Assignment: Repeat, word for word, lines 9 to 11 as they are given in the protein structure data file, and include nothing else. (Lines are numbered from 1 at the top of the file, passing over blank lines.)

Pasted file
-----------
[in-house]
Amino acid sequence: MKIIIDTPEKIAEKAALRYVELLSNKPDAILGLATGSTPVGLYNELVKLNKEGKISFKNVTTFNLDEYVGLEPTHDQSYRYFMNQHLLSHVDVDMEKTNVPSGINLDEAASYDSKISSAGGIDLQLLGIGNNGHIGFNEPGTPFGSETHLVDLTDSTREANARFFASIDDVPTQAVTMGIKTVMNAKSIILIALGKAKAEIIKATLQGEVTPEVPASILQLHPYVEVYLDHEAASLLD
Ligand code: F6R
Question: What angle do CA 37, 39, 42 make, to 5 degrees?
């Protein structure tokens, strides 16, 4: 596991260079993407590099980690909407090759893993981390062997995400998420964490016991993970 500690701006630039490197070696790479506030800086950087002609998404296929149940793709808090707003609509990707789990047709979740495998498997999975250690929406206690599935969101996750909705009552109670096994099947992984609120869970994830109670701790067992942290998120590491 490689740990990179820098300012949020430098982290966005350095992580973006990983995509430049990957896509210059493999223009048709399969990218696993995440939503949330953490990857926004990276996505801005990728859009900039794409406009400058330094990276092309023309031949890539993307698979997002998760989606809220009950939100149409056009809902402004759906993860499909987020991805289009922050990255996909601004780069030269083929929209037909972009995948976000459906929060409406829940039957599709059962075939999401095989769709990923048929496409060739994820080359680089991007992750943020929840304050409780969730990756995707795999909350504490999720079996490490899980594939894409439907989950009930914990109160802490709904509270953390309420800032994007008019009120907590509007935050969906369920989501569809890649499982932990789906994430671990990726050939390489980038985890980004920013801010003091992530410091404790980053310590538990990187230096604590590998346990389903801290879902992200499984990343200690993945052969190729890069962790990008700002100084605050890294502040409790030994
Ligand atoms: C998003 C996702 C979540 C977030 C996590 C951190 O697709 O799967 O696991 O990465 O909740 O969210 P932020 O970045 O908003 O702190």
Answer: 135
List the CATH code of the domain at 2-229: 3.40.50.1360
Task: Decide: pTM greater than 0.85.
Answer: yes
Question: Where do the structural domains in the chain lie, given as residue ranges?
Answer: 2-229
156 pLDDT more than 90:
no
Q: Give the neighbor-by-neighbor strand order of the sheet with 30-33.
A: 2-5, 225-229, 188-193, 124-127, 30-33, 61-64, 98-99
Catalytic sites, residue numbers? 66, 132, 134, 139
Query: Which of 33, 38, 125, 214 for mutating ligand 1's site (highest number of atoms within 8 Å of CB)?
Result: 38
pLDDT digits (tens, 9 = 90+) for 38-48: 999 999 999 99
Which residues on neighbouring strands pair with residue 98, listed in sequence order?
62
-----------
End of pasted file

Task: Decide: pTM greater than 0.85.
Answer: yes
Question: Where do the structural domains in the chain lie, given as residue ranges?